In order to give to this sexual act structural reference points – outside of which it is impossible for us to conceive of its place in what is involved, namely, Freudian theory – we have been lead to bring into play one of the most exemplary mainsprings (ressorts) of mathematical thinking. Undoubtedly, when I use such means, it is to be clearly understood that it always only reaches something partial in it – partial for whoever only knows about mathematical theory from what I myself have made use of as an instrument.


But of course, the situation may be different for whoever knows the place of such a mainspring, that, no doubt, with some inexperience on my part, I extract, believe me, all the same, not without knowing the ramifications of what I am using in the totality of mathematical theory. And not without having assured myself, that whoever might want to make a more in-depth use of it, will find – in the theory as a whole, at the precise points that I chose to ground such a structure – will find the prolongations that will allow him to give it its proper extension.


Some echo has come back to me that in hearing me speak about the sexual act, by making use, in order to structure the tensions in it, of the ternarity that was provided for me by the proportion of the golden number, someone made this remark through clinched teeth: “The next time I go screwing, I must not forget my slide-rule!”


Undoubtedly, this remark has all the agreeable character that one can attribute to the witticism, but it remains for me to be shaken a little like the curate’s egg when the one responsible for this amusing remark is a psychoanalyst. For in truth, I think very (3) precisely that successful jouissance in bed essentially results, as you have been able to see – I will dot the i’s – from forgetting what may be found on the slide-rule. Why is it so easy to forget? This is what I will once more insist on later. It is even the whole source, in short, of what is satisfying in what, on the other hand, (subjectively) is expressed by castration. But it is quite clear that a psychoanalyst cannot forget that it is in the measure that another act interests him, that we will call, to introduce the term today, the psychoanalytic act, that some recourse to the slide-rule may evidently be required.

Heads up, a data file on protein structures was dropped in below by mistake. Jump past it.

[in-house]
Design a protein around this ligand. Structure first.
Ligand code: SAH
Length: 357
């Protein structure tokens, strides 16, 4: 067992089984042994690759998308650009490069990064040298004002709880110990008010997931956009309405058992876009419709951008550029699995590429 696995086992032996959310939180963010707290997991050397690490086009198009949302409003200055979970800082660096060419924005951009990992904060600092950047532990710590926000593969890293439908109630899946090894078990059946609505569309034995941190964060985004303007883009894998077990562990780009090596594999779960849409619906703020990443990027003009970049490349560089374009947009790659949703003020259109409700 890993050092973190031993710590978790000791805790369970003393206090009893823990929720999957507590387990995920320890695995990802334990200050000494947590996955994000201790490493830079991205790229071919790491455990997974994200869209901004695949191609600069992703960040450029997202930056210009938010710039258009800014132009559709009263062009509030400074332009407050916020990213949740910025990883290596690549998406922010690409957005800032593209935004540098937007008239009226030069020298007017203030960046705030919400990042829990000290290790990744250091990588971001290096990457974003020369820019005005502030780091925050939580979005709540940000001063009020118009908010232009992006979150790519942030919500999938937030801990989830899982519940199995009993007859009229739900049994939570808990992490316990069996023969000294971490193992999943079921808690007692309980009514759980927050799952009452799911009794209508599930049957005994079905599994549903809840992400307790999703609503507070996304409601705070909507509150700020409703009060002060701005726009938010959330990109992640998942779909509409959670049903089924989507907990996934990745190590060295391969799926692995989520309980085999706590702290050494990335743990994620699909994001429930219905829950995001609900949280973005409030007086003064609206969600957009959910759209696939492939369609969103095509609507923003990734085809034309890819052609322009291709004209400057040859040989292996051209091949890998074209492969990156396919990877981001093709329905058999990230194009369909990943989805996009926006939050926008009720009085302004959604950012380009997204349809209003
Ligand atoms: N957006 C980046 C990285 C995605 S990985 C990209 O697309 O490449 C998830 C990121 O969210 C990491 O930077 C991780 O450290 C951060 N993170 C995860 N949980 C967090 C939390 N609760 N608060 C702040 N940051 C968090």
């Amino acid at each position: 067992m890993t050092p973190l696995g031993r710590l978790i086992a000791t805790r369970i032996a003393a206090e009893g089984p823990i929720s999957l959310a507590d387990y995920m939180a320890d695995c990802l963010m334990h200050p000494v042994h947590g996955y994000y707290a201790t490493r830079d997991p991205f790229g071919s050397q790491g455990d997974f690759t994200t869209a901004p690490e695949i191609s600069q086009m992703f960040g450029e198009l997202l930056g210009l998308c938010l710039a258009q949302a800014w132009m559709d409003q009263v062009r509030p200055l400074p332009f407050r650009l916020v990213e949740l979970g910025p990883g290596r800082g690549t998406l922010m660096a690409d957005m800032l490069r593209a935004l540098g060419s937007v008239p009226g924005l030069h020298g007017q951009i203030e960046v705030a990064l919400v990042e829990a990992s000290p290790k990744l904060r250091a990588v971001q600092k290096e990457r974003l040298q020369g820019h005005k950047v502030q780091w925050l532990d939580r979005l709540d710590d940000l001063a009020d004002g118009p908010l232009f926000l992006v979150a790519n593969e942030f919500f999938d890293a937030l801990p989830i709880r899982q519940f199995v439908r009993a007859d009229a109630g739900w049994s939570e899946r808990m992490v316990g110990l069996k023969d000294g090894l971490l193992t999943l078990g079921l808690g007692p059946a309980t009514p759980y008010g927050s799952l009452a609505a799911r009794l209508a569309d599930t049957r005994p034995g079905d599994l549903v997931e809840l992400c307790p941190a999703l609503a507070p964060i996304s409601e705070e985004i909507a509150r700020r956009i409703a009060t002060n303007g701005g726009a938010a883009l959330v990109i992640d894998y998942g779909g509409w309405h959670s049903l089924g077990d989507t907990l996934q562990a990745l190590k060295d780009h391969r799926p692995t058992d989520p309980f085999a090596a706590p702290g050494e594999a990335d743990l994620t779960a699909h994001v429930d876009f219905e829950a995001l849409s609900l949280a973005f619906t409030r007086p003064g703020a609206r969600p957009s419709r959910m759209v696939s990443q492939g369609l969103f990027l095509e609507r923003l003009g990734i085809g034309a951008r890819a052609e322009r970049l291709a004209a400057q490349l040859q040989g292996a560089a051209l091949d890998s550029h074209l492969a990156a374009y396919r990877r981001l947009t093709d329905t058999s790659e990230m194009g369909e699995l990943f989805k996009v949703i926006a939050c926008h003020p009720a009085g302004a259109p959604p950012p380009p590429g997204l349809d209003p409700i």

The slide-rule, of course, to avoid any misunderstanding, will not consist on this occasion, in using it in order to read on it (we are not yet at that point) what can be read at the meeting place of two little lines. But, because of what it carries in itself in terms of a measure, which is described as nothing other than a logarithm, it provides us in effect with something that is not completely unrelated to the structure that I am evoking.


There it a striking thing in the psychoanalytic act – to name it thus with reference to the whole theory – there is a striking thing which is going to allow us to make a remark, which perhaps was seen by some people in the margins of what I have announced up to now. It is the following. I insisted on the character of act that is involved in the sexual act. One could remark in this connection, that everything that is stated in analytic theory seems destined to efface – for the individuals, suffering or unsatisfied in different ways, that we take responsibility for – the character of act that exists in the fact of the sexual encounter.